Jacquelyn Sussman | The Objectivist

There’s no disputing that a reason why Wharton receives many transfer requests is because people try to use other undergraduate schools as a backdoor way to increase their chances at getting into Wharton as a Penn student. It’s pretty "snake-y," and it stinks that it happens. But that Wharton receives the bulk of transfer and dual degree requests speaks to a reason far deeper than people trying to cheat the system: It’s because the majority of Penn students have pre-professional inclinations and wish to take advantage of Wharton’s resources to a fuller extent.

As I said in my last Group Think response, Penn is unique because it has such incredible resources in many different areas. If I wanted to pursue a philosophy major in the College and then complement that with a degree in actuarial mathematics from Wharton because I’m passionate about the intersection between philosophy, mathematics and risk, I could. And the fact of the matter is that most students who choose to pursue a liberal arts degree at Penn — and not some other exclusively liberal arts institution like Williams College — do so because of their pre-professional interests. So it’s not really surprising that people who later discover they are more or equally passionate about a particular business interest try to transfer or do a dual degree with Wharton.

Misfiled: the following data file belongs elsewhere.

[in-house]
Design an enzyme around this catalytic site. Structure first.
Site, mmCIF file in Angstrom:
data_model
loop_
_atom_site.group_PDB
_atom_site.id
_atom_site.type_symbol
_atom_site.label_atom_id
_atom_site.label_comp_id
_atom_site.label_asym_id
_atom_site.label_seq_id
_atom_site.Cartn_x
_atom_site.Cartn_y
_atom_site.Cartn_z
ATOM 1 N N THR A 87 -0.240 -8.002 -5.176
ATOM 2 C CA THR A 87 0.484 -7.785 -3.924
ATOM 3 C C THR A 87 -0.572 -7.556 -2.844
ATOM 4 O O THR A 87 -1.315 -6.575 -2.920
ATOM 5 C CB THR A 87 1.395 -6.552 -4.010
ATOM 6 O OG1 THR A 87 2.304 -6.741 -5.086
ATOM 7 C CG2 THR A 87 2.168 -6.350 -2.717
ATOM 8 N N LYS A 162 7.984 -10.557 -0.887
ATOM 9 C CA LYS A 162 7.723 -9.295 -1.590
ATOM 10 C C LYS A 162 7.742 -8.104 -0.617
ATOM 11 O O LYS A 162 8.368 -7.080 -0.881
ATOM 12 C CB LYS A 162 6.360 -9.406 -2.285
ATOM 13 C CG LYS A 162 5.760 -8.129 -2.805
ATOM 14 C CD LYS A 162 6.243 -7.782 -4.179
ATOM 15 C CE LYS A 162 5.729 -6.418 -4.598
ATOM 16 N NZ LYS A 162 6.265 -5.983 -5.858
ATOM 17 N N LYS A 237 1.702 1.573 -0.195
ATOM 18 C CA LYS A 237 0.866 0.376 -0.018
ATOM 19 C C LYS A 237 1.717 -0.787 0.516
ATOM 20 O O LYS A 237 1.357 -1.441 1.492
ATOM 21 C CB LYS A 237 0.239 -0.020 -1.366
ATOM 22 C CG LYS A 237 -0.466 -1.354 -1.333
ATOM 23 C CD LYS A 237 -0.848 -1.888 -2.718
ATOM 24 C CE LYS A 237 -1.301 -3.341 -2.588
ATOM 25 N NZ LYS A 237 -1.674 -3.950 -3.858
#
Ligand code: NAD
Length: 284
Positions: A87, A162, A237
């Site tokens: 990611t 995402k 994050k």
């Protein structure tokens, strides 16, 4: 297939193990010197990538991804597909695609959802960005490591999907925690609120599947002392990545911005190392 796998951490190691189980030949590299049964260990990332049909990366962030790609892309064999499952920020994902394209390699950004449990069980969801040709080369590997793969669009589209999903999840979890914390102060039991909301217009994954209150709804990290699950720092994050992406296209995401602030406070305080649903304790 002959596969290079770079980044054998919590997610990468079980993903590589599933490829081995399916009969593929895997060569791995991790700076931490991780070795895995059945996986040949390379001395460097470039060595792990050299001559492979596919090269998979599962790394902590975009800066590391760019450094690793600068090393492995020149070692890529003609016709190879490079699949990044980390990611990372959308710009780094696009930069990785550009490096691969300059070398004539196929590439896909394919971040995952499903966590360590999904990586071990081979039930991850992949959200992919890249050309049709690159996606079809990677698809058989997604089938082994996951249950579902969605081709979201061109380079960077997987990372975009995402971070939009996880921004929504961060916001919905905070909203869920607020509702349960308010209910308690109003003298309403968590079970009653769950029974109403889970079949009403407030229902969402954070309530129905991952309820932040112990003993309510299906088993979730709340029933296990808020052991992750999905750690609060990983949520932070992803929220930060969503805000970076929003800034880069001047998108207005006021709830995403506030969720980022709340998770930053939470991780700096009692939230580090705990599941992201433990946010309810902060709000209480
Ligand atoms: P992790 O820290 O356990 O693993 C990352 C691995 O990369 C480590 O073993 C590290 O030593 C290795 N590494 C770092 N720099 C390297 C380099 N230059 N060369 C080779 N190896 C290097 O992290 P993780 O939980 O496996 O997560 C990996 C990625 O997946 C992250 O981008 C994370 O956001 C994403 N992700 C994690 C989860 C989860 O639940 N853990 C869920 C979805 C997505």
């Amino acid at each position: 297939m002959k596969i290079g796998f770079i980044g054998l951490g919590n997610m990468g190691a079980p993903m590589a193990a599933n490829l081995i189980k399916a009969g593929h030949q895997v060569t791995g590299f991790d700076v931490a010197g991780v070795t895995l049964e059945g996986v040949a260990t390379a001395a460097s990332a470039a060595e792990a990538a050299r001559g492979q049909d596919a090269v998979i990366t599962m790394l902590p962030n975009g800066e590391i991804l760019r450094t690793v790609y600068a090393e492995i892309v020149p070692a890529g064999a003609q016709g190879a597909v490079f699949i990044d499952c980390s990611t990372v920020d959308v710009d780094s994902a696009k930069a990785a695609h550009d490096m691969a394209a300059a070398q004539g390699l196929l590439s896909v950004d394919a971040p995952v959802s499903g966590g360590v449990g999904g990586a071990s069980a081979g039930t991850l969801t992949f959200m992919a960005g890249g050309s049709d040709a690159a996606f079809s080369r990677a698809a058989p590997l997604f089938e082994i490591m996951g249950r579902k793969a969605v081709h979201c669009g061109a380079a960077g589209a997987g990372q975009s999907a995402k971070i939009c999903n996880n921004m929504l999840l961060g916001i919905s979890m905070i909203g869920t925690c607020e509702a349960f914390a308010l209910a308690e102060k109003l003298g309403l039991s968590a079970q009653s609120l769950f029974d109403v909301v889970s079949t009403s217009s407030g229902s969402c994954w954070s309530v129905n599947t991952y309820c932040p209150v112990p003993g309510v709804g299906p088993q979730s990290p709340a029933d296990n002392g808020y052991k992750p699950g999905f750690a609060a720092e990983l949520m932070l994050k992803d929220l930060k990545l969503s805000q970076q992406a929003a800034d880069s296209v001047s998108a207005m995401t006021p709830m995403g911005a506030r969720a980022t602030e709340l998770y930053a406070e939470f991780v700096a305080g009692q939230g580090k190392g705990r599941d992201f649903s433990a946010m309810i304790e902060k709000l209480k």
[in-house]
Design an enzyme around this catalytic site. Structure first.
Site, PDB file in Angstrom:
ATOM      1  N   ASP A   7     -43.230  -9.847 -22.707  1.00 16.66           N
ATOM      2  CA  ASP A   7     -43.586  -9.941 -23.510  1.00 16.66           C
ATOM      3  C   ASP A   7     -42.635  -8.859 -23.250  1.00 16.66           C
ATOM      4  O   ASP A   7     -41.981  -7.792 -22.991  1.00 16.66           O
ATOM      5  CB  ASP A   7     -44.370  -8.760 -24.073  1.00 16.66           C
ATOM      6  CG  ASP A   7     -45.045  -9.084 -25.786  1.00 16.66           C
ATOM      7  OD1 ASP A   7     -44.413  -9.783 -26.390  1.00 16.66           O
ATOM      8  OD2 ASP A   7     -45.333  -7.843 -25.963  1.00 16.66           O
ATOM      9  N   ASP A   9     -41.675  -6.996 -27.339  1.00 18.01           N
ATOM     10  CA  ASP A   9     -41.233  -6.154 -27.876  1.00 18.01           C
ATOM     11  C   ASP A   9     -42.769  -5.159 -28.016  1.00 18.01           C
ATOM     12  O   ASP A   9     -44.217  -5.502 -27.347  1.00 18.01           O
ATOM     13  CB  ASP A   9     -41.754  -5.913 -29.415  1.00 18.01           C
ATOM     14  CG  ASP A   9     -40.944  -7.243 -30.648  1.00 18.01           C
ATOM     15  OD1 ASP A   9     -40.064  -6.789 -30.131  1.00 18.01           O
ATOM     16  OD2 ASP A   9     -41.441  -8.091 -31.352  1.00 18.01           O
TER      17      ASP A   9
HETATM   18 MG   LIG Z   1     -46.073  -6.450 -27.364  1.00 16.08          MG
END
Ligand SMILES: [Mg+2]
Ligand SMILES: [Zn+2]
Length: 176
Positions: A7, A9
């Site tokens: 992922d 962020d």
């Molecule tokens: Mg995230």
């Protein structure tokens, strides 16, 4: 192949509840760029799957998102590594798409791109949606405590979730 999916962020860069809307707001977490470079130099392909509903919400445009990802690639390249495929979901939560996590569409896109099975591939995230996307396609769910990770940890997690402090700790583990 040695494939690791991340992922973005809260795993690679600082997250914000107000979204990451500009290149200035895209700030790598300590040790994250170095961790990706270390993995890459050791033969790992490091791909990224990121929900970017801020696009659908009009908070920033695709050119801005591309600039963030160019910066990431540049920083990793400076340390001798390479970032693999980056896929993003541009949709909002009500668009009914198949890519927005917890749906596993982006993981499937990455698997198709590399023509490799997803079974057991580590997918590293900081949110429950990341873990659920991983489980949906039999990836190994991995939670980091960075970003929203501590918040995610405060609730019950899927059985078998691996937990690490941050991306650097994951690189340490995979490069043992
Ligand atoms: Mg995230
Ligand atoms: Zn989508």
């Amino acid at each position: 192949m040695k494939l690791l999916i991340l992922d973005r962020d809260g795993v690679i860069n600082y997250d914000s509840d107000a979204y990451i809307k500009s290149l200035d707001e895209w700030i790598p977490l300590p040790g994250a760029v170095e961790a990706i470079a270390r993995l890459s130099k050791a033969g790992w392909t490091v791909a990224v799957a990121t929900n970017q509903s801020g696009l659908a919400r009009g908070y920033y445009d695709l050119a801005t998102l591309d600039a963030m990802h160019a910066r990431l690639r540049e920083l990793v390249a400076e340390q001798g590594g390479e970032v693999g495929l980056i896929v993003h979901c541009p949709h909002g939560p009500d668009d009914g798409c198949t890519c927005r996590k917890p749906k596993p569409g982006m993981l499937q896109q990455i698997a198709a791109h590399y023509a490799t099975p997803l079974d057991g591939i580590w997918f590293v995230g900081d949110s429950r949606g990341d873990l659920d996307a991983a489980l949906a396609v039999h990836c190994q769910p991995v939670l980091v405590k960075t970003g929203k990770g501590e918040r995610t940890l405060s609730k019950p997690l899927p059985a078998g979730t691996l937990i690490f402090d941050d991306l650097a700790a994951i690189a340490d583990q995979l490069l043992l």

Not to mention that of Penn’s undergraduate schools, Wharton is the most adaptable to any interest. Students would probably find it much more difficult to adapt to the rigors of an engineering or nursing curriculum (I’m not implying that Wharton or College curricula are easier) simply because those curricula are much more narrow in the interests to which they pertain.

This is more of a positive than a negative. Penn was founded as a practically minded school: a place where students not only learn about different fields, but also how to apply them so they can contribute to the world’s marketplace of products and ideas. For the select few who wish to dedicate their lives to academia, perhaps any undergraduate business education isn’t for them. But as technology advances and the world changes — from both a business and academic perspective — not at least being literate in how businesses and economies function will become even more of a liability. 

Say what you will about the Wharton snakes; I’m really glad I go to school with and get to learn from them. And full disclosure: If I weren’t on track to become a Benjamin Franklin Scholar, I would apply for a dual degree with Wharton in some area too.